Remember from just above that 77% of applicable respondents believed their treatment program was working, which mathematically means that many are finding success with the telehealth or virtual program.

This is encouraging news and provides hope to those and their loved ones who may need help with addiction but are being kept from getting it due to fears of contracting the highly contagious COVID-19 virus.

II. All Survey Results

Survey results derive from an online survey administered on December 4th, 2020 to 1,000 adult Americans that were comfortable answering questions regarding drug and alcohol addiction.

1. Have you or someone close to you developed an ongoing drug or alcohol addiction problem as a result of the coronavirus pandemic?

  • Yes – 32%
  • No – 65%
  • I’d rather not say  – 2%

2. (If “No” to 1) Are you worried that you or someone close to you might still develop a drug or alcohol addiction problem as a result of the coronavirus pandemic?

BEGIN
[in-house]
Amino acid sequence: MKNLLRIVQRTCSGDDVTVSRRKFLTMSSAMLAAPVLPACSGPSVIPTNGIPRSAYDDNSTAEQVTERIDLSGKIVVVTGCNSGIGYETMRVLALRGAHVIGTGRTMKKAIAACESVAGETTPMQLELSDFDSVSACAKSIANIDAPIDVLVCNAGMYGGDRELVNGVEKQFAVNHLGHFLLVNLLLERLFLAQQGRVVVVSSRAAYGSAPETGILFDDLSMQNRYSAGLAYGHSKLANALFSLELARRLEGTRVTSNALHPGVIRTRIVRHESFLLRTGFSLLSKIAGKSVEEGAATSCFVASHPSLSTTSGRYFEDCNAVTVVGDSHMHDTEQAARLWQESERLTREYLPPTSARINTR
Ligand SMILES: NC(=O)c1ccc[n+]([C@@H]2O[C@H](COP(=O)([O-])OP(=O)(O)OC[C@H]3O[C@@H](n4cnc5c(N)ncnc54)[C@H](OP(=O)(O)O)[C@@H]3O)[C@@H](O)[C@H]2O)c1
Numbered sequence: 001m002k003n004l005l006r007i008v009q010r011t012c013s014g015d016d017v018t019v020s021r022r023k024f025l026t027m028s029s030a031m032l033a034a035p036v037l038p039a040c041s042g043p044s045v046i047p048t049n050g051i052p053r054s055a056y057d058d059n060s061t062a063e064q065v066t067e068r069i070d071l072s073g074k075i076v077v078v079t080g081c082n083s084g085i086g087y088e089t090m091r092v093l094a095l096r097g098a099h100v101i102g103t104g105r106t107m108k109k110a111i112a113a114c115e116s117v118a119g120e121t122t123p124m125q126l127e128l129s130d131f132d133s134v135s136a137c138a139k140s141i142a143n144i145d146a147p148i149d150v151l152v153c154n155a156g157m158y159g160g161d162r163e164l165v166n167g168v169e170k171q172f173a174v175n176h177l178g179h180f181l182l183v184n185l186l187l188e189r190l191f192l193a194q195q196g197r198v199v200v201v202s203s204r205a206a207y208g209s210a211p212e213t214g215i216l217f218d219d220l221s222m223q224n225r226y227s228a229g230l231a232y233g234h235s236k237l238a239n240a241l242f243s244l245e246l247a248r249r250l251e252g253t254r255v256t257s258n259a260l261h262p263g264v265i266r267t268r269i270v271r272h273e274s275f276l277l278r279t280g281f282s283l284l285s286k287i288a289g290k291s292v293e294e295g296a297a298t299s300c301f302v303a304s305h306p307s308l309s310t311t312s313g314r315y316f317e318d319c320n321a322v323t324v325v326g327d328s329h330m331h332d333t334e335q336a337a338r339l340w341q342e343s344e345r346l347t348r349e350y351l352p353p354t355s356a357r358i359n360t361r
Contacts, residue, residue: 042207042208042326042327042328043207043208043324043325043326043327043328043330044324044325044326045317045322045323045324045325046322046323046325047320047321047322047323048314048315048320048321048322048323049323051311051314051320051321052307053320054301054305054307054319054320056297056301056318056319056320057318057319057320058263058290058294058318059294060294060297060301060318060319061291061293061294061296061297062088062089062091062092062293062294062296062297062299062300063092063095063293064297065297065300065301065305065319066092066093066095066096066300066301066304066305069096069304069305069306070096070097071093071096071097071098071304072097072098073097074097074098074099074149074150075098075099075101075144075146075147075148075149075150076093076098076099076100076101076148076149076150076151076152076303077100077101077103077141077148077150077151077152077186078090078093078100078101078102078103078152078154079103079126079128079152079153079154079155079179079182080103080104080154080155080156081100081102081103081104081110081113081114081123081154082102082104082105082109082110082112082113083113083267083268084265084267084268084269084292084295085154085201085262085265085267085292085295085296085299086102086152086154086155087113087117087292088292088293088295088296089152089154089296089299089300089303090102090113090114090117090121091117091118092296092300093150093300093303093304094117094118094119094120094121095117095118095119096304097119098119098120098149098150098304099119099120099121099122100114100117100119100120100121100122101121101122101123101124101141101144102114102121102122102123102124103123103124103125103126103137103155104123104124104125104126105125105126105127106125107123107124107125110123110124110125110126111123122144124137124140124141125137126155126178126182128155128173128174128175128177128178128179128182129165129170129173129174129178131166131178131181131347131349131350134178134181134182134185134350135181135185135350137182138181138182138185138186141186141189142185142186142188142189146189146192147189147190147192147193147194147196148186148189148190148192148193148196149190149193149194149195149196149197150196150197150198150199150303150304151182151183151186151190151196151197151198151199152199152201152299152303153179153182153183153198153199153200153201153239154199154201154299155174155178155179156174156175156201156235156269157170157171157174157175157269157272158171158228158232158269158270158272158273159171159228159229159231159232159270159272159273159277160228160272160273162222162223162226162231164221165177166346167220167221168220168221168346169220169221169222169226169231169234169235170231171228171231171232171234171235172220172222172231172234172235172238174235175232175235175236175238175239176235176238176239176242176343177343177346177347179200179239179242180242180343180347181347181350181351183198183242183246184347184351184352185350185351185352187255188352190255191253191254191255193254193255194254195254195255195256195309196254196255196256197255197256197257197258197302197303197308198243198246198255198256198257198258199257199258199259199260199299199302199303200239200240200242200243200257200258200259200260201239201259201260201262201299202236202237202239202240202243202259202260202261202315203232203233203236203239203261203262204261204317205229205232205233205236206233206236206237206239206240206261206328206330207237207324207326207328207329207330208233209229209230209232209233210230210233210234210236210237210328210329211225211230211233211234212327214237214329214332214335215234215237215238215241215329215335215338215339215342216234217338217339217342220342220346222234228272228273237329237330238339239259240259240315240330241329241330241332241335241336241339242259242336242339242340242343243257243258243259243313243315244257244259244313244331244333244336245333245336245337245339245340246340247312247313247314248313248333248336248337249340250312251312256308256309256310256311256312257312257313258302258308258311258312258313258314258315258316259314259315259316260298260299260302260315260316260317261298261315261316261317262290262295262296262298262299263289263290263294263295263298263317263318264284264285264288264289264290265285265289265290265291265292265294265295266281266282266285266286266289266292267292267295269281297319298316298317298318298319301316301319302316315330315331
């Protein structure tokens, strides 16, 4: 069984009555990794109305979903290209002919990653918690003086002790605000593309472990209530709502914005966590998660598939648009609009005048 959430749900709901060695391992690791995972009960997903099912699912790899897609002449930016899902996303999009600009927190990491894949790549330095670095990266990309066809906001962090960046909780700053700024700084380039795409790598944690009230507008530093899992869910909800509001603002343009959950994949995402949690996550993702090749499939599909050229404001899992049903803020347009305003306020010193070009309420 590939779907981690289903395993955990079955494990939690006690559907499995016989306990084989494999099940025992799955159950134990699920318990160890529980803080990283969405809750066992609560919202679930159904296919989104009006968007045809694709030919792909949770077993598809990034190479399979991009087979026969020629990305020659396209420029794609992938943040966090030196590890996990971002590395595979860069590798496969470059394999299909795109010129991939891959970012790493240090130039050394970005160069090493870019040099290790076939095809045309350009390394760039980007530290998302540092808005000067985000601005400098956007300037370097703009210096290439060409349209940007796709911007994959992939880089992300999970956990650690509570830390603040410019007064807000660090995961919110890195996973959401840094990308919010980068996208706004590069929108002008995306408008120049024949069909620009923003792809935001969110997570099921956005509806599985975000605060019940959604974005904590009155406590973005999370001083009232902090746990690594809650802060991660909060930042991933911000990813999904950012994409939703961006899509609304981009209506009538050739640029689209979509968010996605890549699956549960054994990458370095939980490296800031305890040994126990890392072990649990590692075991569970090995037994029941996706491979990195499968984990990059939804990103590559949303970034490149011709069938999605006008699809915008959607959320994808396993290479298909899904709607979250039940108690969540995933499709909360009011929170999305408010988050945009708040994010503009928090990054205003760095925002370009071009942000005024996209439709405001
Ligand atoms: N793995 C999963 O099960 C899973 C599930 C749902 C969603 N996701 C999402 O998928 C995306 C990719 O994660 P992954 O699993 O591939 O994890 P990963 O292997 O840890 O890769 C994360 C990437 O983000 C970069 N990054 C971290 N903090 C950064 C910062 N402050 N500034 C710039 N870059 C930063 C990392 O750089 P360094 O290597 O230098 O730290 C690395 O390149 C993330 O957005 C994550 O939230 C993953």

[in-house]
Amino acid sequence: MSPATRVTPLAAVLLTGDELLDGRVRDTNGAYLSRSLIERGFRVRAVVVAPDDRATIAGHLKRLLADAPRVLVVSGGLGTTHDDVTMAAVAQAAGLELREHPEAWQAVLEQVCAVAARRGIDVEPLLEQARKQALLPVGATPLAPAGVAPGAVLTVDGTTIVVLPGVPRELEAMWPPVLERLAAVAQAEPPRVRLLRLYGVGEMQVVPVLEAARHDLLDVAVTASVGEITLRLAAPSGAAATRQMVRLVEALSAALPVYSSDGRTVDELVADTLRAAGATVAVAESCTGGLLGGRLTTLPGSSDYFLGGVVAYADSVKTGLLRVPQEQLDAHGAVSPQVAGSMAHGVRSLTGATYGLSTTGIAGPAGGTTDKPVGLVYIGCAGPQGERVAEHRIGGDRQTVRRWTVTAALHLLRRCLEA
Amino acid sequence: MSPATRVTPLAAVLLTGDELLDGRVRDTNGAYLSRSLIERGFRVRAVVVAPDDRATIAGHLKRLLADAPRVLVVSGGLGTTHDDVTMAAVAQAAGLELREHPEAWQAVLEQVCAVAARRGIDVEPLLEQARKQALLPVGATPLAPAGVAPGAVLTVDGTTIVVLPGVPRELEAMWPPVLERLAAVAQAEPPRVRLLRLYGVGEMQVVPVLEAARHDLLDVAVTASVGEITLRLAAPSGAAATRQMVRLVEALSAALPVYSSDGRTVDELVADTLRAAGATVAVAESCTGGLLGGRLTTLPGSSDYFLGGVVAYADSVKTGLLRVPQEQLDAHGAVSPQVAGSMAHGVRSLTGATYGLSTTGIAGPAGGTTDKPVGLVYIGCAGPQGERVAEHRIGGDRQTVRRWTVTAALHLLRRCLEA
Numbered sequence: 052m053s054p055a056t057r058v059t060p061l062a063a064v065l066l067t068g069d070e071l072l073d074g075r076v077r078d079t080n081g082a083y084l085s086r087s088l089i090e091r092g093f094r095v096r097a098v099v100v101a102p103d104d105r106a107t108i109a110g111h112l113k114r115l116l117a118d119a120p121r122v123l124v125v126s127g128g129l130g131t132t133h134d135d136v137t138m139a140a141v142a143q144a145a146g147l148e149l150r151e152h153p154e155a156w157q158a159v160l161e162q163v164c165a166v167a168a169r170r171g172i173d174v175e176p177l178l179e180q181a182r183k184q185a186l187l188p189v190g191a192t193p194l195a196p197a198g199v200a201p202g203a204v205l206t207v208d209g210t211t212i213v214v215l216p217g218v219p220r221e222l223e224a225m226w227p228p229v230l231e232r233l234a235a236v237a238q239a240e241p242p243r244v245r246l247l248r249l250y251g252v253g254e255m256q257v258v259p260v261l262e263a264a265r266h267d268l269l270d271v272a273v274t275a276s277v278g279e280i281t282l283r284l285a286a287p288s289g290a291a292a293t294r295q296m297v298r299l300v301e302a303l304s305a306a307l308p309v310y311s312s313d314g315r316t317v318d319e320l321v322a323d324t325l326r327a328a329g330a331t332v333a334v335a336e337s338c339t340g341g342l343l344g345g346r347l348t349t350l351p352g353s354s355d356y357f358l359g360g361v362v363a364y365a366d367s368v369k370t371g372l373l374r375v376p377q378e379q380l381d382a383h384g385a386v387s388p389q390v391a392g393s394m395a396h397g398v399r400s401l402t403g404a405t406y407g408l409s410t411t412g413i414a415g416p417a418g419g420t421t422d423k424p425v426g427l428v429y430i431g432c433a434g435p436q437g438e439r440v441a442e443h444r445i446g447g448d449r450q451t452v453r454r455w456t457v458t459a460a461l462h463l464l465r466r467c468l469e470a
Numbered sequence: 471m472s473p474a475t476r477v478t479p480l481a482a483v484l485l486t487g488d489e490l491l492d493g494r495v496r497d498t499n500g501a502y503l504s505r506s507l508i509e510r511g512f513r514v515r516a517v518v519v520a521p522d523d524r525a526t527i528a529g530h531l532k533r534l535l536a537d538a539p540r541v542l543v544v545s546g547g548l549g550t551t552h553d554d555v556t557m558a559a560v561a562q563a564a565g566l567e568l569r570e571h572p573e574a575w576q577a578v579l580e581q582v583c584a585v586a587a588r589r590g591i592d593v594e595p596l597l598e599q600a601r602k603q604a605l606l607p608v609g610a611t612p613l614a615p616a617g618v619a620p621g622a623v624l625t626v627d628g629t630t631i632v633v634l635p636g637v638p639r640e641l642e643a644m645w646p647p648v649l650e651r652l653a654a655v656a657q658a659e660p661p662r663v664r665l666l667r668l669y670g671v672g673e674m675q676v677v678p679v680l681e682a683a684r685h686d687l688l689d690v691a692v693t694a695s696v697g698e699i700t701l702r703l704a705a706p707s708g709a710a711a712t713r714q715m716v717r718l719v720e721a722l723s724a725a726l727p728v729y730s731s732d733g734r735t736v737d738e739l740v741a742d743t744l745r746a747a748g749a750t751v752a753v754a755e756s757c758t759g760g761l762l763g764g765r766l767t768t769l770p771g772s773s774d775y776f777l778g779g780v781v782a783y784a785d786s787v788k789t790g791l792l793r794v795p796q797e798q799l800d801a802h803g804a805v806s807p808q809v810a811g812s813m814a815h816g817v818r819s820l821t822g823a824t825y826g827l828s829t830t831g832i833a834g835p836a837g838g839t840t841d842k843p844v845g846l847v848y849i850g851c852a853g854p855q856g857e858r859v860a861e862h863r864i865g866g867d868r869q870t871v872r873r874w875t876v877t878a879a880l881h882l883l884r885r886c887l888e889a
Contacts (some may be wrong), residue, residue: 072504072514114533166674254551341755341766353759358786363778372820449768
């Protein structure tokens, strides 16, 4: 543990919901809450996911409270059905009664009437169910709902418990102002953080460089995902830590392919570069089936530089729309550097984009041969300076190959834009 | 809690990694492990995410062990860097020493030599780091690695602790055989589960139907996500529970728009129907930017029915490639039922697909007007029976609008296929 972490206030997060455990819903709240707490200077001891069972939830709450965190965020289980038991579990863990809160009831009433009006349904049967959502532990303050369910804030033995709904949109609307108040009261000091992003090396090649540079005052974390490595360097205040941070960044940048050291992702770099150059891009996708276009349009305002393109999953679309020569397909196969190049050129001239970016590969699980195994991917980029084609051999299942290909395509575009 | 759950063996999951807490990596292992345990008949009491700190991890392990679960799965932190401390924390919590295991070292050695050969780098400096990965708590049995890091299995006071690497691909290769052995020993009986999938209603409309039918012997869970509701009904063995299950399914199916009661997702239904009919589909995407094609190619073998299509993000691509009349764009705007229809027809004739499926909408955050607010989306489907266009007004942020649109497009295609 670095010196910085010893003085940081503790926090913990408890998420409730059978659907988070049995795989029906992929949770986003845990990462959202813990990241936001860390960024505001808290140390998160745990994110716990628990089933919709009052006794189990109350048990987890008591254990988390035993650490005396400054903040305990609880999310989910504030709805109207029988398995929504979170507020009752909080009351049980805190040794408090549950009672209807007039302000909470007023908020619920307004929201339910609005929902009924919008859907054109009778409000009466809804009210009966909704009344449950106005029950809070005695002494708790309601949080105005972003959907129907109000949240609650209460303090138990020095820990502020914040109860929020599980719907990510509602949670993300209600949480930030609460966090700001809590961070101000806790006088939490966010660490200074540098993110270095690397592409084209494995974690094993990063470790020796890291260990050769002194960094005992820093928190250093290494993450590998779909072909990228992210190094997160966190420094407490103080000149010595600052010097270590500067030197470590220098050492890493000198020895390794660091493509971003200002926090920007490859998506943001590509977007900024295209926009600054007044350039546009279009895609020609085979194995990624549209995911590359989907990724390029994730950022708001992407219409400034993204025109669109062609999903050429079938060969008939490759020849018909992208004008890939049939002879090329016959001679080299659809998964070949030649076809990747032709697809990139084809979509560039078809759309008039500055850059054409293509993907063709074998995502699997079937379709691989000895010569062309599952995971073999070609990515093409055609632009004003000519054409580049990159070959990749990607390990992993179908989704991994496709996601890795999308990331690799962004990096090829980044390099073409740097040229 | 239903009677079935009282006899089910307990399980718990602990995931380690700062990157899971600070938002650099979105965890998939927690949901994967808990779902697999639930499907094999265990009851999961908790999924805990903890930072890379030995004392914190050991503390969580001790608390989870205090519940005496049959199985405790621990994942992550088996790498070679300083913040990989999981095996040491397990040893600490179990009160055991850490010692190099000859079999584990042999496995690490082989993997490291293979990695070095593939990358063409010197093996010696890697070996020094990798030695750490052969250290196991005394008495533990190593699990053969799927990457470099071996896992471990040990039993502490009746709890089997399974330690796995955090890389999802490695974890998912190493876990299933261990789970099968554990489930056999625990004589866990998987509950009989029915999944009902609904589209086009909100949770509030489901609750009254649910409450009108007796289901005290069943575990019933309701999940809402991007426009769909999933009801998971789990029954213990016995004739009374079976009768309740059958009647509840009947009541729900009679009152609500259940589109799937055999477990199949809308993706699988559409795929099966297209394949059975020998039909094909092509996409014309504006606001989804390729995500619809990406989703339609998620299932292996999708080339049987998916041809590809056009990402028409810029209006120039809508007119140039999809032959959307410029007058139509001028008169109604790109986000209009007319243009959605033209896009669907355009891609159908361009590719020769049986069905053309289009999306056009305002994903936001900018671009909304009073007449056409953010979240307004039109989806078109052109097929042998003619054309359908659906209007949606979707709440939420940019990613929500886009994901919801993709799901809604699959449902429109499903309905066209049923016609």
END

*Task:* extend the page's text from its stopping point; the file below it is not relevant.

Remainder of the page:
• Yes – 30%
  • No – 67%
  • Not sure/I’d rather not say – 3%

3. (If “Yes” to 1) What specific addiction problem have you or someone close to you developed as a result of the coronavirus pandemic?

  • Cocaine – 9%
  • Heroin – 7%
  • Prescription drugs like Xanax or percocet – 12%
  • Alcohol – 57%
  • Over the counter medications like cough syrup – 2%
  • Other/None of the above – 12%

4. (If “Yes” to 1) Whether it was you or someone close to you that developed the drug or alcohol addiction problem as a result of the coronavirus pandemic, do you feel like your/his/her life is in danger?

  • Yes – 61%
  • No – 32%
  • Not sure/I’d rather not say – 7%

5. (If “Yes” to 1) Have you or the person that’s close to you that developed the addiction problem as a result of the coronavirus pandemic tried going to rehab, a treatment program like AA, or tried getting medical help?